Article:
News from the Tennessee Valley Opinion


Candidate did not apply for appointment to post

Running a campaign is not only hard work, but can be very expensive and requires a tremendous amount of sacrifice, not only for the candidate, but for his or her entire family. I applaud James Ray Bowling for making this commitment.

However, I would like to set the record straight on the appointment to fill the vacant District 2 seat to which James Ray feels he should have been appointed. The local chairman appointed seven members from the local Republican Party to the Selection Committee. The committee was charged with seeking interested appointees, interviewing those candidates, and submitting the name(s) to the governor for the appointment.

The goal of the committee was to recommend the best person for the job based upon education, career background and his or her ability to manage the millions of dollars that the commission budgets each year. Party affiliation was a consideration, but not a deciding factor.

For James Ray to say that the governor did not follow protocol is wrong. James Ray was asked to submit a resume for consideration, but he declined, instead saying that he had a friend that rode horses with the governor and he didn't have to go through the selection process. "Playing games," as James Ray put it, is secondary to good government. Coming in second in a political race does not entitle a person to anything except to say that he ran and lost.

Bill Wood


First Amendment does not apply during war

It is sad when a person takes other people's statements out of context to support their own warped idea of what is right.

A letter published Dec. 7, quoting Teddy Roosevelt concerning criticism of the president, which was not in any way connected with criticism during war, was off base.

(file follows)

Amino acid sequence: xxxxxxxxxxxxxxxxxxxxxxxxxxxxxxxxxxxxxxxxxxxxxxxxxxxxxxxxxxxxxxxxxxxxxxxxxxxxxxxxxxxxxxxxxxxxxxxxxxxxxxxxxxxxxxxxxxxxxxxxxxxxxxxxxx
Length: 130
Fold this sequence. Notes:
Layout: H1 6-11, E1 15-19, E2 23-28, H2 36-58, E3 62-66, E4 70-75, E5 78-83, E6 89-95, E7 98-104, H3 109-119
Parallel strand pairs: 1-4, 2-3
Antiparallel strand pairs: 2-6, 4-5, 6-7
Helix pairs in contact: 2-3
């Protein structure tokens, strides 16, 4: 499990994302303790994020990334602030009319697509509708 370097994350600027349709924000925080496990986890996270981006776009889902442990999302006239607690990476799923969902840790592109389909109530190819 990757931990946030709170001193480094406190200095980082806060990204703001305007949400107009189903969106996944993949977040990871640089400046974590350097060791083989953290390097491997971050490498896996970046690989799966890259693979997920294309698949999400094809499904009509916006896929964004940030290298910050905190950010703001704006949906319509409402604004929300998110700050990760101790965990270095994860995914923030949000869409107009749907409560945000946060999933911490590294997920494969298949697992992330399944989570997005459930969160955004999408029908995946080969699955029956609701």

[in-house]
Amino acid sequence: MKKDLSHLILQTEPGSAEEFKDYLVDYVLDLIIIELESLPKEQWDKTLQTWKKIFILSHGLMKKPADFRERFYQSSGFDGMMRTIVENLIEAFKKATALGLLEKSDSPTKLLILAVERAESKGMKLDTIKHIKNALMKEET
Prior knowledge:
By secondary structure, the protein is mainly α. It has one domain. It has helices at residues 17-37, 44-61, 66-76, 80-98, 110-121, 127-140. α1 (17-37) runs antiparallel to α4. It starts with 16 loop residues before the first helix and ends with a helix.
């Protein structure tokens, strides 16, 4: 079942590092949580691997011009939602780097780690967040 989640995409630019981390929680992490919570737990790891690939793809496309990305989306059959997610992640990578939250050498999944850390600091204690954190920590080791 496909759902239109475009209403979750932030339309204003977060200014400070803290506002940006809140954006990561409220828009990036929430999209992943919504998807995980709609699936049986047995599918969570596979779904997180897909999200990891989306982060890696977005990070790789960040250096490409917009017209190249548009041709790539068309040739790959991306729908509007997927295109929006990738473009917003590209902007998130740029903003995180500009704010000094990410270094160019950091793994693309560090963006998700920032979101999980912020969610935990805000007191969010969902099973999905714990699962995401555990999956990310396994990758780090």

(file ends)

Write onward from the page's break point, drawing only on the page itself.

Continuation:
Anyone who criticizes the president during a war is either extremely dumb or is intellectually dishonest.

It does hurt our troops and encourages the enemy. It is treasonous.

When such people are called on it, they jump up and down screaming, "freedom of speech," which again is dishonest. Freedom of speech doesn't apply in this case any more than it applies to yelling fire in a crowded theater.

Edwin J. Slaten


Reality and fantasy hard to distinguish in Hartselle

The Dec. 4 story "Hartselle proactive in BRAC recruiting" has made the rounds and yes, the jokes are flying regarding the validity of some of the story. Seems like we have a few more people of notoriety than I originally thought living in a fantasy world.

Chamber President Susan Hines was quoted, "Hartselle has a quality of life and a lot to offer that some of these folks will be interested in." Unless your child can play ball, or you are rich, you are nothing or no one. We have no theatre, no good places to eat out, no nightlife options, because we are known as a "bedroom" community. The low crime scenario can be related to all of the above. The "back room" decision making, pandering and politics is pathetic.

When the school is the only thing that you can brag about, don't brag. The need for a new high school is a reality. Between the dilapidation of the current high school building and the major overcrowding of classrooms, time is the worst enemy. When Ronnie Abercrombie was school board chairman, he addressed this, only to have it fall on deaf ears. Now that he is no longer on the board, it suddenly becomes an item of needed interest. How odd!

As long as Hartselle is known as a "bedroom community," you shouldn't brag or tout. No retail or industrial growth is quite an eye-opening issue when people are relocating. Pothole-infested streets, vacant buildings, annexations just to be doing something; these don't make anyone or anything look any better. Lastly, but surely not the least, actions from an ineffective council removes the icing from any cake.

Mike Dowdy


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